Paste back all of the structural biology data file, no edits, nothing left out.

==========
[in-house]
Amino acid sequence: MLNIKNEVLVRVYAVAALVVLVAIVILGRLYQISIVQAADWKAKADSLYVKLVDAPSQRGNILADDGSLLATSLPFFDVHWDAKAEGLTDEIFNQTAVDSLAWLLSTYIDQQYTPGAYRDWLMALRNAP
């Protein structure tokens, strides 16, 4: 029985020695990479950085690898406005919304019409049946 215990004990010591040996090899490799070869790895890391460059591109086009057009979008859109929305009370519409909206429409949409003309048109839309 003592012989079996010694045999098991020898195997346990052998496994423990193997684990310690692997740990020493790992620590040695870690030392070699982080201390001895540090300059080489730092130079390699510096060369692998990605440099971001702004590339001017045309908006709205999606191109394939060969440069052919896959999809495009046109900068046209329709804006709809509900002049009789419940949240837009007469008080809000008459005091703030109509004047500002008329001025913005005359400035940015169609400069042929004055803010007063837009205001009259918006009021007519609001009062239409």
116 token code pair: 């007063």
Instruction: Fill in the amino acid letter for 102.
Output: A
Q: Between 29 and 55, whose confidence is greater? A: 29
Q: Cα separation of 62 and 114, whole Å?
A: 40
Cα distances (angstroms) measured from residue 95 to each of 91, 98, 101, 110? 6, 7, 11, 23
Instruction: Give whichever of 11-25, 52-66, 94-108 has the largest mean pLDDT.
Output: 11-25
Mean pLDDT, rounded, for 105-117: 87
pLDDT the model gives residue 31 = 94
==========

[in-house]
Amino acid sequence: MLNIKNEVLVRVYAVAALVVLVAIVILGRLYQISIVQAADWKAKADSLYVKLVDAPSQRGNILADDGSLLATSLPFFDVHWDAKAEGLTDEIFNQTAVDSLAWLLSTYIDQQYTPGAYRDWLMALRNAP
């Protein structure tokens, strides 16, 4: 029985020695990479950085690898406005919304019409049946 215990004990010591040996090899490799070869790895890391460059591109086009057009979008859109929305009370519409909206429409949409003309048109839309 003592012989079996010694045999098991020898195997346990052998496994423990193997684990310690692997740990020493790992620590040695870690030392070699982080201390001895540090300059080489730092130079390699510096060369692998990605440099971001702004590339001017045309908006709205999606191109394939060969440069052919896959999809495009046109900068046209329709804006709809509900002049009789419940949240837009007469008080809000008459005091703030109509004047500002008329001025913005005359400035940015169609400069042929004055803010007063837009205001009259918006009021007519609001009062239409």
116 token code pair: 């007063």
Instruction: Fill in the amino acid letter for 102.
Output: A
Q: Between 29 and 55, whose confidence is greater? A: 29
Q: Cα separation of 62 and 114, whole Å?
A: 40
Cα distances (angstroms) measured from residue 95 to each of 91, 98, 101, 110? 6, 7, 11, 23
Instruction: Give whichever of 11-25, 52-66, 94-108 has the largest mean pLDDT.
Output: 11-25
Mean pLDDT, rounded, for 105-117: 87
pLDDT the model gives residue 31 = 94